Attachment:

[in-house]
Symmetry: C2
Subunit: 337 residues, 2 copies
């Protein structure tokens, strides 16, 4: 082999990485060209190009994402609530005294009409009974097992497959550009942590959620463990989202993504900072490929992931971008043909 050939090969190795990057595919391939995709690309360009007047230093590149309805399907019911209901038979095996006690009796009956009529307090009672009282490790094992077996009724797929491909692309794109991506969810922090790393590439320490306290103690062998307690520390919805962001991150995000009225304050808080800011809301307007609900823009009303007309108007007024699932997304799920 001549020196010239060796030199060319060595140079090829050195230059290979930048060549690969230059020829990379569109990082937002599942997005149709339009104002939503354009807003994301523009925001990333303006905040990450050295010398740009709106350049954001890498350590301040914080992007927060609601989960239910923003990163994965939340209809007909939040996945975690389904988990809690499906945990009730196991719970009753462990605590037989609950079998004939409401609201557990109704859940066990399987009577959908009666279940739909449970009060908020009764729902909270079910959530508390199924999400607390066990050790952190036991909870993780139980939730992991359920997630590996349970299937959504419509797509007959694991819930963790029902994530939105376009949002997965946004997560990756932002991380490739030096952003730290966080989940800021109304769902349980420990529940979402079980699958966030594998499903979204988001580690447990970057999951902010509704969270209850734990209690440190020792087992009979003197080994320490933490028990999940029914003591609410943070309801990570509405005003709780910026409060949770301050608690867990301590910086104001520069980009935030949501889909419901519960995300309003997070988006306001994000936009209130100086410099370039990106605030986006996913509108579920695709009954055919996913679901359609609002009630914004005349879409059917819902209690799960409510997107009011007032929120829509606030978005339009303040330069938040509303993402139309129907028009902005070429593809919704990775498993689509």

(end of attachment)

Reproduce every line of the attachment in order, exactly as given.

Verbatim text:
[in-house]
Symmetry: C2
Subunit: 337 residues, 2 copies
């Protein structure tokens, strides 16, 4: 082999990485060209190009994402609530005294009409009974097992497959550009942590959620463990989202993504900072490929992931971008043909 050939090969190795990057595919391939995709690309360009007047230093590149309805399907019911209901038979095996006690009796009956009529307090009672009282490790094992077996009724797929491909692309794109991506969810922090790393590439320490306290103690062998307690520390919805962001991150995000009225304050808080800011809301307007609900823009009303007309108007007024699932997304799920 001549020196010239060796030199060319060595140079090829050195230059290979930048060549690969230059020829990379569109990082937002599942997005149709339009104002939503354009807003994301523009925001990333303006905040990450050295010398740009709106350049954001890498350590301040914080992007927060609601989960239910923003990163994965939340209809007909939040996945975690389904988990809690499906945990009730196991719970009753462990605590037989609950079998004939409401609201557990109704859940066990399987009577959908009666279940739909449970009060908020009764729902909270079910959530508390199924999400607390066990050790952190036991909870993780139980939730992991359920997630590996349970299937959504419509797509007959694991819930963790029902994530939105376009949002997965946004997560990756932002991380490739030096952003730290966080989940800021109304769902349980420990529940979402079980699958966030594998499903979204988001580690447990970057999951902010509704969270209850734990209690440190020792087992009979003197080994320490933490028990999940029914003591609410943070309801990570509405005003709780910026409060949770301050608690867990301590910086104001520069980009935030949501889909419901519960995300309003997070988006306001994000936009209130100086410099370039990106605030986006996913509108579920695709009954055919996913679901359609609002009630914004005349879409059917819902209690799960409510997107009011007032929120829509606030978005339009303040330069938040509303993402139309129907028009902005070429593809919704990775498993689509």